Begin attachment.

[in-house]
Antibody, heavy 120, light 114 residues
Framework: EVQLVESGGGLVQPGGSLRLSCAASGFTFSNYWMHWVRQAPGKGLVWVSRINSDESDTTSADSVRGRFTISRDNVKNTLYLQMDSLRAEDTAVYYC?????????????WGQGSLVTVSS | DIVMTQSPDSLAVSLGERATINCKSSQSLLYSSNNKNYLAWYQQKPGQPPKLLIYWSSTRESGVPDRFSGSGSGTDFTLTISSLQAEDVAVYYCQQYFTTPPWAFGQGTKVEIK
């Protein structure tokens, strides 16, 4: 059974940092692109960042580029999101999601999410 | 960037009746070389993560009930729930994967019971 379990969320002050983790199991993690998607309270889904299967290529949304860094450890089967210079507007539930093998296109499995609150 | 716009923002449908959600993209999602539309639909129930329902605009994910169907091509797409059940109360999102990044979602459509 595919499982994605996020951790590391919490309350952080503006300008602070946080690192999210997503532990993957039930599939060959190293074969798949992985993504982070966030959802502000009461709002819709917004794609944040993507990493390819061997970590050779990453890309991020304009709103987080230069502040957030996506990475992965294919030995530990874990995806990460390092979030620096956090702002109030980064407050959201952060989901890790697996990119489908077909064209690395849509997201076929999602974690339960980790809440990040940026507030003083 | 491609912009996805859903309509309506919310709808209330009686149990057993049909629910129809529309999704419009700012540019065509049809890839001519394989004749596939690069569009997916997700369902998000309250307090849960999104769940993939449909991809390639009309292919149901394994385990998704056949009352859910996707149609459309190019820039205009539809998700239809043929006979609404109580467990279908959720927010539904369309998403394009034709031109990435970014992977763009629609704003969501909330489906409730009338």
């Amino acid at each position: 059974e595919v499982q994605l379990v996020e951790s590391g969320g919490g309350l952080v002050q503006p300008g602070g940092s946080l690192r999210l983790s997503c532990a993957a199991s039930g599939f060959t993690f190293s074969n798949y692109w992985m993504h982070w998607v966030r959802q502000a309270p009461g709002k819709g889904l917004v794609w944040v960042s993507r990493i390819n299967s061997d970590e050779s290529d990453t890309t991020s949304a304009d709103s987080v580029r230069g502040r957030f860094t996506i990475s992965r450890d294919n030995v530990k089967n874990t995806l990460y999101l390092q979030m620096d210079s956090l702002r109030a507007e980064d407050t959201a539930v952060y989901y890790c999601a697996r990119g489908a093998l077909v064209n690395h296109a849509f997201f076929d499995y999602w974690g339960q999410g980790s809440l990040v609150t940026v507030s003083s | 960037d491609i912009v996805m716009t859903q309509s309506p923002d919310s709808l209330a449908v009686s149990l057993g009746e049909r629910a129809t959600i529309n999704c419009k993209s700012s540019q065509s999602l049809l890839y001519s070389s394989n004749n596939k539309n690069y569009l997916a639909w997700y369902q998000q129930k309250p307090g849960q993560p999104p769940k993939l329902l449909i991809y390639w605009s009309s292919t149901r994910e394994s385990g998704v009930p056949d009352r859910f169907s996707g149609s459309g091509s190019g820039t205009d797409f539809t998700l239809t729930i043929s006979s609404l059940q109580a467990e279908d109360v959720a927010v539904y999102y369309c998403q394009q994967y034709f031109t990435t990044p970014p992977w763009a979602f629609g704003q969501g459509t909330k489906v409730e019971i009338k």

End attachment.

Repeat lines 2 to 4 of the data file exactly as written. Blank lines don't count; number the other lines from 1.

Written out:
Antibody, heavy 120, light 114 residues
Framework: EVQLVESGGGLVQPGGSLRLSCAASGFTFSNYWMHWVRQAPGKGLVWVSRINSDESDTTSADSVRGRFTISRDNVKNTLYLQMDSLRAEDTAVYYC?????????????WGQGSLVTVSS | DIVMTQSPDSLAVSLGERATINCKSSQSLLYSSNNKNYLAWYQQKPGQPPKLLIYWSSTRESGVPDRFSGSGSGTDFTLTISSLQAEDVAVYYCQQYFTTPPWAFGQGTKVEIK
């Protein structure tokens, strides 16, 4: 059974940092692109960042580029999101999601999410 | 960037009746070389993560009930729930994967019971 379990969320002050983790199991993690998607309270889904299967290529949304860094450890089967210079507007539930093998296109499995609150 | 716009923002449908959600993209999602539309639909129930329902605009994910169907091509797409059940109360999102990044979602459509 595919499982994605996020951790590391919490309350952080503006300008602070946080690192999210997503532990993957039930599939060959190293074969798949992985993504982070966030959802502000009461709002819709917004794609944040993507990493390819061997970590050779990453890309991020304009709103987080230069502040957030996506990475992965294919030995530990874990995806990460390092979030620096956090702002109030980064407050959201952060989901890790697996990119489908077909064209690395849509997201076929999602974690339960980790809440990040940026507030003083 | 491609912009996805859903309509309506919310709808209330009686149990057993049909629910129809529309999704419009700012540019065509049809890839001519394989004749596939690069569009997916997700369902998000309250307090849960999104769940993939449909991809390639009309292919149901394994385990998704056949009352859910996707149609459309190019820039205009539809998700239809043929006979609404109580467990279908959720927010539904369309998403394009034709031109990435970014992977763009629609704003969501909330489906409730009338």